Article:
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Incentives to boost farm growth

A farmer listens to the budget in Moradabad on Thursday. (PTI)

New Delhi, July 10: The Narendra Modi government, which has set a target of 4 per cent growth from the farming sector, vowed to give farmers a range of incentives, usher in a second green revolution and set up a chain of warehouses for farm produce.

Finance minister Arun Jaitley’s promises came at a time forecasts show that India’s annual monsoon rains have a 60 per cent chance of failure. To advance his plan, Jaitley promised an expenditure of Rs 100 crore to set up two agriculture research institutes on the lines of the Indian Agricultural Research Institute, Pusa, in Jharkhand and Assam and an equal amount towards an agri-tech infrastructure fund. Besides, two new agricultural universities in Andhra Pradesh and Rajasthan have been proposed.

Though farming’s share in India’s GDP has been steadily declining and stands at 14 per cent, the sector continues to employ about half of the country’s labour force.

“To make farming competitive and profitable, there is an urgent need to step up investment, both public and private, in agro-technology development and creation and modernisation of existing agri-business infrastructure,” Jaitley said.

Analysts said the “protein revolution”, which the minister spoke of, was a souped up version of the agriculture mission to increase production of lentils, considered a high source of protein. Lentil and oil-seed prices have been rising in the country on the back of increased demand because of changing patterns of food consumption in rural areas, where proteins, including lentils, milk, poultry and fish are in increasing demand. A blue revolution, which saw India’s fish production jumping in the 1970s, is also being sought to be duplicated covering more states. Moreover, Rs 50 crore will be spent on the development of indigenous cattle breeds.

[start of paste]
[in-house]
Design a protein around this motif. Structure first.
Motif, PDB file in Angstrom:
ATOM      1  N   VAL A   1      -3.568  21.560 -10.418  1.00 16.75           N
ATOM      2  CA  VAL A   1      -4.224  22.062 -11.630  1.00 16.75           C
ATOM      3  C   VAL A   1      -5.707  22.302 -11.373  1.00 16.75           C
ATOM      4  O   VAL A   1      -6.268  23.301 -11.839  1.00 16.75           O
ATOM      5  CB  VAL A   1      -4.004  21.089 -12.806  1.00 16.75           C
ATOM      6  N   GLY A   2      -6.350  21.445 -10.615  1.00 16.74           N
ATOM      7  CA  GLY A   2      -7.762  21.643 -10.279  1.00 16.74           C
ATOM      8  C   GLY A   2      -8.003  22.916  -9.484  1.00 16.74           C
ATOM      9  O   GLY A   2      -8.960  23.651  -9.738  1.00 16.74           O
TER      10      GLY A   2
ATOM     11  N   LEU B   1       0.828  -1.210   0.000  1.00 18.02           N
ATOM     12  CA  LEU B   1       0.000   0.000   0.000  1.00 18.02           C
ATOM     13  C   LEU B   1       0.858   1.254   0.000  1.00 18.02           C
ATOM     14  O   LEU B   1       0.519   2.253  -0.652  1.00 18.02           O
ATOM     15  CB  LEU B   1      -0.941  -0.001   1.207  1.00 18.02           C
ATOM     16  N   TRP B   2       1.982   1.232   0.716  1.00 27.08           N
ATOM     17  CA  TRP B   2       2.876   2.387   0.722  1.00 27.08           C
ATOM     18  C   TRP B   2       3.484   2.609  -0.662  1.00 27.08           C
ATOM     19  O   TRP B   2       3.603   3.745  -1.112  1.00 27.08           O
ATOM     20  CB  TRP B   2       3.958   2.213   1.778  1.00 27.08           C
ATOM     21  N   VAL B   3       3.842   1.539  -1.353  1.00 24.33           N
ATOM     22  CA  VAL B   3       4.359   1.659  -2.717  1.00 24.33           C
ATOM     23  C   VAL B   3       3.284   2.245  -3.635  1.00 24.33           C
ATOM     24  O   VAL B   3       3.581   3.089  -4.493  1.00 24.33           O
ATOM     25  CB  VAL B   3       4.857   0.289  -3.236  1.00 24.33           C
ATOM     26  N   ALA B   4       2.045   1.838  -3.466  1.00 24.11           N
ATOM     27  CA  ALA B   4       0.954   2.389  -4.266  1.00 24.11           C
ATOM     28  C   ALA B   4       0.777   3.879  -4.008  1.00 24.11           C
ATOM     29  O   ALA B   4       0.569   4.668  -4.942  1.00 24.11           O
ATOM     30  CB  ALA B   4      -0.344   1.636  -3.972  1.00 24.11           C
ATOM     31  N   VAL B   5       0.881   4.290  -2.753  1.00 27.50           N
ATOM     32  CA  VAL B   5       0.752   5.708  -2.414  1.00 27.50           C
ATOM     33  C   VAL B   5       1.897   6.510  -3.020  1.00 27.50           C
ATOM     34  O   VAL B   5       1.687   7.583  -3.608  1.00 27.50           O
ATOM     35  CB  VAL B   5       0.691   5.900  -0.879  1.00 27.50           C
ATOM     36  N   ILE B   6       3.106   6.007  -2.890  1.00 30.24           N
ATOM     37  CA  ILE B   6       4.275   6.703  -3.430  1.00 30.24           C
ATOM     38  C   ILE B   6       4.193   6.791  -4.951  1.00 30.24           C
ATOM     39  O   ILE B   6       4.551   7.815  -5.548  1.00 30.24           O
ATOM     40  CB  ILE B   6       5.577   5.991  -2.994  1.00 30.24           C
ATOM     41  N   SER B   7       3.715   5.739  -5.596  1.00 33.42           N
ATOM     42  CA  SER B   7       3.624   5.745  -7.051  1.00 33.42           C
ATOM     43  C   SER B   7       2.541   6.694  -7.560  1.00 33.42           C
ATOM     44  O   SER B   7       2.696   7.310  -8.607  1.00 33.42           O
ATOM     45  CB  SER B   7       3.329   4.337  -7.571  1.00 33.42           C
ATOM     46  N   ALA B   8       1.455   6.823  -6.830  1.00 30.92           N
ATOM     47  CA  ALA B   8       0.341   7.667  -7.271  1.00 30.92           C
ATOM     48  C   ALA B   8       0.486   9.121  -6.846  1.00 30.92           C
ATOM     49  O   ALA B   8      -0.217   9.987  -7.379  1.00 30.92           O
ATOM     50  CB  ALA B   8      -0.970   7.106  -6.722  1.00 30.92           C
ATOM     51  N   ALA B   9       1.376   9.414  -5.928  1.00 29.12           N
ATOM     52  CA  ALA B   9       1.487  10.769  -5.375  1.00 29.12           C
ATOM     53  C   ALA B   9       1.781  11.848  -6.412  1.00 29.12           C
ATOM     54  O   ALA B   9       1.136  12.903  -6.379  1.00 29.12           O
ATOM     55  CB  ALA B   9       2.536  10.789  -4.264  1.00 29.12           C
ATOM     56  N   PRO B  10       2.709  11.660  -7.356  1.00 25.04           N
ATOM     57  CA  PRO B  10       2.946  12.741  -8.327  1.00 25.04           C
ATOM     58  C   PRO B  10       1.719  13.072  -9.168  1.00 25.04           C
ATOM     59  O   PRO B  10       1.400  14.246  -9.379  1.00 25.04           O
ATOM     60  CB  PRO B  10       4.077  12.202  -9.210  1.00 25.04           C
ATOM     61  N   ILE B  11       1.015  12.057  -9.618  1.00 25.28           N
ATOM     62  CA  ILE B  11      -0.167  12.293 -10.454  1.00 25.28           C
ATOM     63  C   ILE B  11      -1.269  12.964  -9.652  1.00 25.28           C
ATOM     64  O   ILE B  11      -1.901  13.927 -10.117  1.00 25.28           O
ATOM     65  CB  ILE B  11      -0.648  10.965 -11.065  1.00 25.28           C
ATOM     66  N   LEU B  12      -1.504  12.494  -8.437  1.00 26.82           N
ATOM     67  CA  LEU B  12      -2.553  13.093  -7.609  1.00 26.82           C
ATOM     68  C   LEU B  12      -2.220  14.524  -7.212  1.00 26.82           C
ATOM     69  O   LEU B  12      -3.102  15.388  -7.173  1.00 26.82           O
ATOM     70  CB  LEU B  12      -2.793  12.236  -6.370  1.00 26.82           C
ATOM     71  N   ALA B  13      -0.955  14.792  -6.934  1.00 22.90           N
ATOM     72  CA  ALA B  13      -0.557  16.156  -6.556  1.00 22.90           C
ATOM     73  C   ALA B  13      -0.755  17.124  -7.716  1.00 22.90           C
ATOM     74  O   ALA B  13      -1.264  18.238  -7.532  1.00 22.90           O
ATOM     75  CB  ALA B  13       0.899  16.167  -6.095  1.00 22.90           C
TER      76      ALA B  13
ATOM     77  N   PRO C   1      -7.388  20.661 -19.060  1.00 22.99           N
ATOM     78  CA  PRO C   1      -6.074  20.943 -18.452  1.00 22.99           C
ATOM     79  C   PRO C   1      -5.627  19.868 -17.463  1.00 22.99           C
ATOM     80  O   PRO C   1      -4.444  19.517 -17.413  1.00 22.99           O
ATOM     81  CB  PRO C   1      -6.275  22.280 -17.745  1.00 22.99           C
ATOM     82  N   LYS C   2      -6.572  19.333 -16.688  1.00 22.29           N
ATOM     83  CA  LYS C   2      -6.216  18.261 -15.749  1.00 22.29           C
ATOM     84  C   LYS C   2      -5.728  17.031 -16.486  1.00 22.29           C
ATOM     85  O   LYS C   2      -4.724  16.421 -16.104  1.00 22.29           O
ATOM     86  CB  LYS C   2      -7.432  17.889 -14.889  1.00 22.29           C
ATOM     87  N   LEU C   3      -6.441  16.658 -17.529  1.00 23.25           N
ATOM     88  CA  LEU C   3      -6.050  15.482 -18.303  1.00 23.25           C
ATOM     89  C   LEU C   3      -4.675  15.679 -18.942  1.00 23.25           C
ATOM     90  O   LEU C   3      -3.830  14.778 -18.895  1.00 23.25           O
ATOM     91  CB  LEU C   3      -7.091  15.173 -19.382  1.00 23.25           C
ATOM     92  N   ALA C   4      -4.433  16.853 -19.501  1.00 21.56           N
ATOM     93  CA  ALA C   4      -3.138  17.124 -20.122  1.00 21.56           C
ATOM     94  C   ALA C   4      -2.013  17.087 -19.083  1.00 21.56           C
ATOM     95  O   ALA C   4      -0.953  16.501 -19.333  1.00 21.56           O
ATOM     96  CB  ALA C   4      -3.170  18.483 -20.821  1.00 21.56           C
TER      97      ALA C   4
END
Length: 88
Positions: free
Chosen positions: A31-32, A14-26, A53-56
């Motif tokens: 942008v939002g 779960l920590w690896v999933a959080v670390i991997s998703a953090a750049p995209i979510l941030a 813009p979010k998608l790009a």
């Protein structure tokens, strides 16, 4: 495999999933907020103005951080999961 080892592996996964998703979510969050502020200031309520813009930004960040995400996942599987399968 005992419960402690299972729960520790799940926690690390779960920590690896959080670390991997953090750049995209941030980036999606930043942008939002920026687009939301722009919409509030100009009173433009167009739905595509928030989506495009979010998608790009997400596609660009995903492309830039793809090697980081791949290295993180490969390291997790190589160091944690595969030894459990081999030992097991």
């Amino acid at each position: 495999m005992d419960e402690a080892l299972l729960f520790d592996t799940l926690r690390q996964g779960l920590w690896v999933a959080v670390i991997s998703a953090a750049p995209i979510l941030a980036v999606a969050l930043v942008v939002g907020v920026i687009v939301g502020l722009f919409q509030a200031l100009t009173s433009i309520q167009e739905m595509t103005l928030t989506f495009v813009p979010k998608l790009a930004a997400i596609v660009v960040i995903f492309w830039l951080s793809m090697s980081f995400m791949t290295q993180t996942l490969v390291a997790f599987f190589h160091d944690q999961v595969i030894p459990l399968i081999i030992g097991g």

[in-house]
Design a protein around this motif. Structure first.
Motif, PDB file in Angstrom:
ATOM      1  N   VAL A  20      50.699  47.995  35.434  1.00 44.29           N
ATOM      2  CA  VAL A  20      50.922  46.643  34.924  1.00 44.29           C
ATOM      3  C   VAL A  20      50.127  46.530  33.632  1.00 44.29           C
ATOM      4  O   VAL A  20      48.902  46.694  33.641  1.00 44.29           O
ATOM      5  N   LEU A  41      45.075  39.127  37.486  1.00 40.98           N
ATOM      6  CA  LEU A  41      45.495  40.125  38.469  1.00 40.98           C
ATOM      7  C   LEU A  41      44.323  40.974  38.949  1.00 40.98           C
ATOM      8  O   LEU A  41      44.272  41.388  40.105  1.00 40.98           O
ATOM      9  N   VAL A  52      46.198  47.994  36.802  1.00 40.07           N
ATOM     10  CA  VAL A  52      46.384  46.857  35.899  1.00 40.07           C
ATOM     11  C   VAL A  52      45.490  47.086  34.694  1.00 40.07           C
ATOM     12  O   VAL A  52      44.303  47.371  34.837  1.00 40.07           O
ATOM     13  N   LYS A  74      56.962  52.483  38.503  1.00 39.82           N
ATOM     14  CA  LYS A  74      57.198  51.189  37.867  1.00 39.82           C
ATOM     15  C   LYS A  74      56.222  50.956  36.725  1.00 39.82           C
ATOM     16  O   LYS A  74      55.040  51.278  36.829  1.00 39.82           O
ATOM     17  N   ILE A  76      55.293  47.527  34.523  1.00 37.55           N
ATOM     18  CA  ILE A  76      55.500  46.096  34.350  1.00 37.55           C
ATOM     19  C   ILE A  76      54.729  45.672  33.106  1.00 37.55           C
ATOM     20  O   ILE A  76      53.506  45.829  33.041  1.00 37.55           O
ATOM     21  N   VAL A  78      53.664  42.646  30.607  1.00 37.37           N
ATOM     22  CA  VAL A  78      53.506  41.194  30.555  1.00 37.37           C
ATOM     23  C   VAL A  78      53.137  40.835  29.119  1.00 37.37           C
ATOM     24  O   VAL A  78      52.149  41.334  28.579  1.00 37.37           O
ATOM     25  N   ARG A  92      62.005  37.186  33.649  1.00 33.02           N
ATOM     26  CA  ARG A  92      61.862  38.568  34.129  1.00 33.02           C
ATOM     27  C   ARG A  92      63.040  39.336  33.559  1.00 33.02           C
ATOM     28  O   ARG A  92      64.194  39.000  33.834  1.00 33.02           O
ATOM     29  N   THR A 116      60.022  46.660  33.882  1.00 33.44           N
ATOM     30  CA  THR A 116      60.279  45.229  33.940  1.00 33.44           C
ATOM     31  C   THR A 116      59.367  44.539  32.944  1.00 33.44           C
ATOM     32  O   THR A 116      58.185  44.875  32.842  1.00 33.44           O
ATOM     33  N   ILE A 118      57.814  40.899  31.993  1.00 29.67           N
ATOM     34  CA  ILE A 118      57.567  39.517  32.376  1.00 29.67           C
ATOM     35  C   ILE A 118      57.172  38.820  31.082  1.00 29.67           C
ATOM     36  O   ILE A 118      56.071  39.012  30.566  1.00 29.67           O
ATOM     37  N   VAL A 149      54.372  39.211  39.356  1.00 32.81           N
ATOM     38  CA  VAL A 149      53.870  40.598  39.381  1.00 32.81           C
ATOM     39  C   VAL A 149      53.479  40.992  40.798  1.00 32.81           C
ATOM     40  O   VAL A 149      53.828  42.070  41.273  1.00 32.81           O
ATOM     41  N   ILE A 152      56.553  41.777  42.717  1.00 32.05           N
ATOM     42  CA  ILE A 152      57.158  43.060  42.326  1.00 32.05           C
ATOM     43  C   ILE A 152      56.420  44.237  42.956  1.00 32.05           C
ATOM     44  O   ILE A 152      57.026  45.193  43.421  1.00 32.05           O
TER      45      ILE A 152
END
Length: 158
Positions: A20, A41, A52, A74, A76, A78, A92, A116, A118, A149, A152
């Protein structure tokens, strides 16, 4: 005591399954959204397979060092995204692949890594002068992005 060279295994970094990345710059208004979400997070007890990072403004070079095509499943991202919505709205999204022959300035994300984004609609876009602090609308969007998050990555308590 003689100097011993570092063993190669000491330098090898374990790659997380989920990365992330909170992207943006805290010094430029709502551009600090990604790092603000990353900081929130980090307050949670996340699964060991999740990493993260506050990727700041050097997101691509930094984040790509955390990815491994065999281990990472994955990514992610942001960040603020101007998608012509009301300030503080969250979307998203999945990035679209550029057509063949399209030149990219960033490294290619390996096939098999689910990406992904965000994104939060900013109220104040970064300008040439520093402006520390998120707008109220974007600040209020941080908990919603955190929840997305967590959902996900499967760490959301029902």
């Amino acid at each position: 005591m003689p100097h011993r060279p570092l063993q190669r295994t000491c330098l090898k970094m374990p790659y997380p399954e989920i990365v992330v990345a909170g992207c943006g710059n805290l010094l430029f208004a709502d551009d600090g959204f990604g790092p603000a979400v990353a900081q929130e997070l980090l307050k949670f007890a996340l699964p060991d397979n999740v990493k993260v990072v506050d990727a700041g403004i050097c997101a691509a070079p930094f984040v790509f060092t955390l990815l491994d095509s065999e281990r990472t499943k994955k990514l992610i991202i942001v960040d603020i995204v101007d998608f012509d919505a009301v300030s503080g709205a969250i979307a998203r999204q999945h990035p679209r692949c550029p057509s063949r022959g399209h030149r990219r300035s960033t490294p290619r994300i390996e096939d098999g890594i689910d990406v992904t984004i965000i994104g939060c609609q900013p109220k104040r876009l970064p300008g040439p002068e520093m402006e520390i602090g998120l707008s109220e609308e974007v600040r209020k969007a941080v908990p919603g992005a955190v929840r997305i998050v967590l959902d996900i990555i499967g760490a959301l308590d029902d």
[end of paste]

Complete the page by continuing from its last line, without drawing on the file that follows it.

Extreme price volatility because of supply bottlenecks as well as profiteering by traders have seen food inflation jumping to double digits. Jaitley today promised to control this. “To mitigate this, I am providing a sum of Rs 500 crore for establishing a price stabilisation fund,” he said. The creation of the fund had been decided earlier last week at a meeting with state agriculture and food ministers.

The government also promised to create a national market for agri-produce, a way to avoid the state-level mandi act that restricts trading in farm produce to a small cartel of traders, leading to an increase in price without farmers getting the benefit.

Yesterday, the economic survey suggested that Parliament had the right to legislate a national market under the consititution, “which gives it the ability to legislate the freedom to buy and sell, for farmers and traders, across state lines. This law can over-ride state APMC acts and restrictions” and turn mandis into just another way of doing business and not the sole monopoly way of selling farm produce.

Jaitley said, “ To accelerate setting up of a national market, the government will work with the state governments to re-orient their respective APMC acts, to provide for the establishment of private market yards/private markets. The state governments will also be encouraged to develop farmers’ markets in town areas to enable the farmers to sell their produce directly.”

 
 
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